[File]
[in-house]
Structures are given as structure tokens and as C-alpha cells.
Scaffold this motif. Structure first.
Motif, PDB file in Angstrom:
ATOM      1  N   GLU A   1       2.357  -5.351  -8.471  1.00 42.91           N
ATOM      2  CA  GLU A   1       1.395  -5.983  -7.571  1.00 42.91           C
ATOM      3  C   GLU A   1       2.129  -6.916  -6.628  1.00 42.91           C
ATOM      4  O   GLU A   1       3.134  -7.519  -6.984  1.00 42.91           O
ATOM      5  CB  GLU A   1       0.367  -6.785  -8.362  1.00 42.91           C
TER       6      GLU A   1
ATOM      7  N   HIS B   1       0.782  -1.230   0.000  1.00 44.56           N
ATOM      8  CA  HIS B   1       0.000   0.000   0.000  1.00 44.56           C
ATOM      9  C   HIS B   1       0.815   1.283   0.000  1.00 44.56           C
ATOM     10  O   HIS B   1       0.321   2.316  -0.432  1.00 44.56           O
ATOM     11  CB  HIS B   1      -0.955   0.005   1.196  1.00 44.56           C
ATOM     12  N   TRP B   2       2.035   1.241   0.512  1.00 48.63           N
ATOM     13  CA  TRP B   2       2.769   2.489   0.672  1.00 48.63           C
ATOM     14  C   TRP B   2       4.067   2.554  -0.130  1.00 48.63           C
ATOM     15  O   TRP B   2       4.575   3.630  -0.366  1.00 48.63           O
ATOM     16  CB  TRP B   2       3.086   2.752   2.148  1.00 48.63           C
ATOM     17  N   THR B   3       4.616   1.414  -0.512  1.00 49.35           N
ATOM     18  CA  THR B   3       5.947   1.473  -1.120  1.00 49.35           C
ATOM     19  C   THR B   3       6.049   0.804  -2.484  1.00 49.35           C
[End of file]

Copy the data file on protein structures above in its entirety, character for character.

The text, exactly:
[in-house]
Structures are given as structure tokens and as C-alpha cells.
Scaffold this motif. Structure first.
Motif, PDB file in Angstrom:
ATOM      1  N   GLU A   1       2.357  -5.351  -8.471  1.00 42.91           N
ATOM      2  CA  GLU A   1       1.395  -5.983  -7.571  1.00 42.91           C
ATOM      3  C   GLU A   1       2.129  -6.916  -6.628  1.00 42.91           C
ATOM      4  O   GLU A   1       3.134  -7.519  -6.984  1.00 42.91           O
ATOM      5  CB  GLU A   1       0.367  -6.785  -8.362  1.00 42.91           C
TER       6      GLU A   1
ATOM      7  N   HIS B   1       0.782  -1.230   0.000  1.00 44.56           N
ATOM      8  CA  HIS B   1       0.000   0.000   0.000  1.00 44.56           C
ATOM      9  C   HIS B   1       0.815   1.283   0.000  1.00 44.56           C
ATOM     10  O   HIS B   1       0.321   2.316  -0.432  1.00 44.56           O
ATOM     11  CB  HIS B   1      -0.955   0.005   1.196  1.00 44.56           C
ATOM     12  N   TRP B   2       2.035   1.241   0.512  1.00 48.63           N
ATOM     13  CA  TRP B   2       2.769   2.489   0.672  1.00 48.63           C
ATOM     14  C   TRP B   2       4.067   2.554  -0.130  1.00 48.63           C
ATOM     15  O   TRP B   2       4.575   3.630  -0.366  1.00 48.63           O
ATOM     16  CB  TRP B   2       3.086   2.752   2.148  1.00 48.63           C
ATOM     17  N   THR B   3       4.616   1.414  -0.512  1.00 49.35           N
ATOM     18  CA  THR B   3       5.947   1.473  -1.120  1.00 49.35           C
ATOM     19  C   THR B   3       6.049   0.804  -2.484  1.00 49.35           C